By “mining” the huge amount of astronomical data online, astronomers can now do cutting edge science without ever setting foot in an actual telescope observatory. This is not just huge for the astronomy field, but the principles developed within astronomy can be applied in just about any industry that deals with big .
The Virtual Observatory (VO) provides tools and protocols that facilitate access to online collections of astronomical data. These enable astronomers to work just as well in a small rural university, or even at home, as in an international observatory or large research university – provided they have access to the Internet and a good scientific education. It also adds value to expensive infrastructure by allowing data to be used and reused many times.
The first meeting of the International Virtual Observatory Alliance (IVOA) to take place on the African Continent is currently under way at the Stellenbosch Institute of Advanced Study (STIAS). It presents an opportunity to showcase developments surrounding astronomy in this country.
The meeting was preceded by an educator workshop on Virtual Observatory tools and applications, hosted by the South African Astronomical Observatory (SAAO) last week. Following the meeting, a workshop will be held at the University of Zululand in Kwa-Zulu Natal for university students and lecturers.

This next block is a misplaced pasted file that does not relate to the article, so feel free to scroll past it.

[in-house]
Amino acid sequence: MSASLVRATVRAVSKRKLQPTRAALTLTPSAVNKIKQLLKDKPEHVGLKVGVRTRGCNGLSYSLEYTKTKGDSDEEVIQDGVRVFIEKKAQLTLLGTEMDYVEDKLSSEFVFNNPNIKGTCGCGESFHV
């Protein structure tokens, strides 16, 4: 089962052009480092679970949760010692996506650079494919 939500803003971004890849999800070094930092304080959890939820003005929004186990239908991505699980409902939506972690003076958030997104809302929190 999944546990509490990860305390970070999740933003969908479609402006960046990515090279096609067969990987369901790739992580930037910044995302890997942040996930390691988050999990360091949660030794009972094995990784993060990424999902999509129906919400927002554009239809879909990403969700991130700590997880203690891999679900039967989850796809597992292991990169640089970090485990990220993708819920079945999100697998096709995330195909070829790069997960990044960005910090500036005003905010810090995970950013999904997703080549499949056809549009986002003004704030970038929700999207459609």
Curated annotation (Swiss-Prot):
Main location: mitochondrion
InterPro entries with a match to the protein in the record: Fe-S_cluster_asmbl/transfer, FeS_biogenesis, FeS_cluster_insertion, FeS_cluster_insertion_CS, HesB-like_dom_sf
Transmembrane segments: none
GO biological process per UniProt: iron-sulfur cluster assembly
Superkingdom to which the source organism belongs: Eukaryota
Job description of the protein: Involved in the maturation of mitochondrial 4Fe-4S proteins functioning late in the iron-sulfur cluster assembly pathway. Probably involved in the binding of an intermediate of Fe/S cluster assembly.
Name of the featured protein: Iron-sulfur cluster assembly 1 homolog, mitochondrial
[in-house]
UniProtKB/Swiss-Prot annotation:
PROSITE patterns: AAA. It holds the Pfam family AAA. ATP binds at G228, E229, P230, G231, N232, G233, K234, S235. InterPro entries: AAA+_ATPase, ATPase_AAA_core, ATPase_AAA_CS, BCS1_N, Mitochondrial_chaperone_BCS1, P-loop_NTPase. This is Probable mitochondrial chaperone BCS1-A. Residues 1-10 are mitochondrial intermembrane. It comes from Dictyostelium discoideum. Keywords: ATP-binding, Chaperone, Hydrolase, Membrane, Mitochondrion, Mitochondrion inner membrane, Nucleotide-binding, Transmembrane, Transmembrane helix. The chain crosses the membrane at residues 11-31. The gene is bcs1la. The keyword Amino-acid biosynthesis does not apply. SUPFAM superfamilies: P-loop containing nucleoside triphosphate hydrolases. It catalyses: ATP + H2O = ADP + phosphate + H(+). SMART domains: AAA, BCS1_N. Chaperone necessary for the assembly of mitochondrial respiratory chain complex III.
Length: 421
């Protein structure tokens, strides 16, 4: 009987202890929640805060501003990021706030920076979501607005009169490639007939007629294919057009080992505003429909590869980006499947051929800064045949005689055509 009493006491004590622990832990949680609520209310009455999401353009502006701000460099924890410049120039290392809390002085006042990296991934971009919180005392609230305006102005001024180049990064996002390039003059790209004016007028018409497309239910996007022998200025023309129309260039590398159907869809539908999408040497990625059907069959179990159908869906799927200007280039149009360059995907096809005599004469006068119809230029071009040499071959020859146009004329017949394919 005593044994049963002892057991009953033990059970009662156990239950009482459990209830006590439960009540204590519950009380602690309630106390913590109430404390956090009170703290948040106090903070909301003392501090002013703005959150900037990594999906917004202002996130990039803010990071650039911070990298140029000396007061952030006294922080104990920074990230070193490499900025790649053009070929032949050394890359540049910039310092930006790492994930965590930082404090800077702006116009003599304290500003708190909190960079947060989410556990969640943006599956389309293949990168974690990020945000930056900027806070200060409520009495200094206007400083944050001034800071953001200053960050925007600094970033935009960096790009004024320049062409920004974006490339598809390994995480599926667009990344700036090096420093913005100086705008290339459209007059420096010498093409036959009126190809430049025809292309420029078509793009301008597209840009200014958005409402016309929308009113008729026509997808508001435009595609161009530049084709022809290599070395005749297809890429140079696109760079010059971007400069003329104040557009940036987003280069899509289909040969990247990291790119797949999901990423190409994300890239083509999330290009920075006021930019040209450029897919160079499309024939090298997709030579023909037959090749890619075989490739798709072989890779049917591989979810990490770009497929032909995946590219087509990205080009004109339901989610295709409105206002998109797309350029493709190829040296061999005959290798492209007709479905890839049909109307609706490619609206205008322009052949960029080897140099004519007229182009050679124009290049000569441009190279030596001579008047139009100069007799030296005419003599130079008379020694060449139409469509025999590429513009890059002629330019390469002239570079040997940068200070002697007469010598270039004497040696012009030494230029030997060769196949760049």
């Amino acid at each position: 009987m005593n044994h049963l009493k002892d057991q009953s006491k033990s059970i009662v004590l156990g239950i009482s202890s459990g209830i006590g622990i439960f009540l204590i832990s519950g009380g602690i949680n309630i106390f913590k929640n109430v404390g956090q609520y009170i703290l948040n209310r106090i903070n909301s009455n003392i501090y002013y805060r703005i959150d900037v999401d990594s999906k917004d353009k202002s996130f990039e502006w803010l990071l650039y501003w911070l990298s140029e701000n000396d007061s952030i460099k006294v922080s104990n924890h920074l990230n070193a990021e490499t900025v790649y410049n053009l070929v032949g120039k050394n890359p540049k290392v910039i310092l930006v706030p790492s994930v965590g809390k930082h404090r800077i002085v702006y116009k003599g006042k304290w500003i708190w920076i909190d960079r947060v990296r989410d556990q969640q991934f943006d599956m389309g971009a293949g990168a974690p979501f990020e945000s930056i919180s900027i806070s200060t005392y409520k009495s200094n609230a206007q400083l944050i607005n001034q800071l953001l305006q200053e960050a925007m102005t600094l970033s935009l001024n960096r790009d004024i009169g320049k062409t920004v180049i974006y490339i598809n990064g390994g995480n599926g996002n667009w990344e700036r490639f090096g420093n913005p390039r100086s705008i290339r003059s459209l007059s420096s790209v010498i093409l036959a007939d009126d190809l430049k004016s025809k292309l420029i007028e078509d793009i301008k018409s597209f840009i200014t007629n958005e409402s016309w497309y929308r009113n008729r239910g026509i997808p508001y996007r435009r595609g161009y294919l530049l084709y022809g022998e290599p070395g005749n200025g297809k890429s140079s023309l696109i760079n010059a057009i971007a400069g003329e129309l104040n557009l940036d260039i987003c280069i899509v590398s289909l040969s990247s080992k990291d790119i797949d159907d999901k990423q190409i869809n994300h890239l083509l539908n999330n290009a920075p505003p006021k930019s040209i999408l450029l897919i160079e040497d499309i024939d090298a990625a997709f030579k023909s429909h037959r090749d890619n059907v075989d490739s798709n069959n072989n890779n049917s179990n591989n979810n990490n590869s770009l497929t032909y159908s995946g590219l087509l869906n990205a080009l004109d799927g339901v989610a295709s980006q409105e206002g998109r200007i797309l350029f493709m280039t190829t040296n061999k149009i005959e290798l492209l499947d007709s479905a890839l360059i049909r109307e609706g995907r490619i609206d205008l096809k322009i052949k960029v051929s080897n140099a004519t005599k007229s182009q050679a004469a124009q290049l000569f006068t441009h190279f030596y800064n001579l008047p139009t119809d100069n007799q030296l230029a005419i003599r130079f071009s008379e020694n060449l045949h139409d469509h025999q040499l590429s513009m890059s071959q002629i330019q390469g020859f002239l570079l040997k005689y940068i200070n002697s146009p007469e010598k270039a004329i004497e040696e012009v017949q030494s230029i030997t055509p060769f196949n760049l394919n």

The objective of the IVOA meeting is to provide a semi-annual venue for discussion and development of virtual observatory standards and VO-based applications. It also provides a formal opportunity for face-to-face meetings of the IVOA Executive and the various working groups.
The meeting was opened by the CEO of the National Research Foundation (NRF), Dr Molapo Qhobela, who in his introductory remarks expressed his delight that South Africa is hosting the first IVOA Interoperability meeting in Africa. This meeting is attended by over 90 registered participants from different astronomy institutes and observatories across the globe.
Kevin Govender, from the International Astronomical Union (IAU) Office of Astronomy for Development (OAD), is among the plenary speakers in the education session on Friday, and will explore the role of virtual observatory tools in education and development. Christophe Arviset (European Space Agency) is the Chair of IVOA Executive. Local organization of the meeting is by Prof Patricia Whitelock from the South African Astro-informatics Alliance (SA3) and colleagues.
The Virtual Observatory (VO) is an international astronomical community-based initiative. It aims to allow global electronic access to astronomical data archives from space and ground-based observatories. It is a collection of tools for accessing and visualizing multi-wavelength data that collectively provide a scientific environment, rather than a physical observatory.
A vast array of astronomical data-sets are already available at all wavelengths and many more are on the way. Amongst the largest will be SKA at radio wavelengths and the Large Scale Synoptic Survey Telescope at optical wavelengths. These very large databases will be archived and, through the VO, made accessible in a systematic and uniform manner to realise the full potential of the existing and future observing facilities.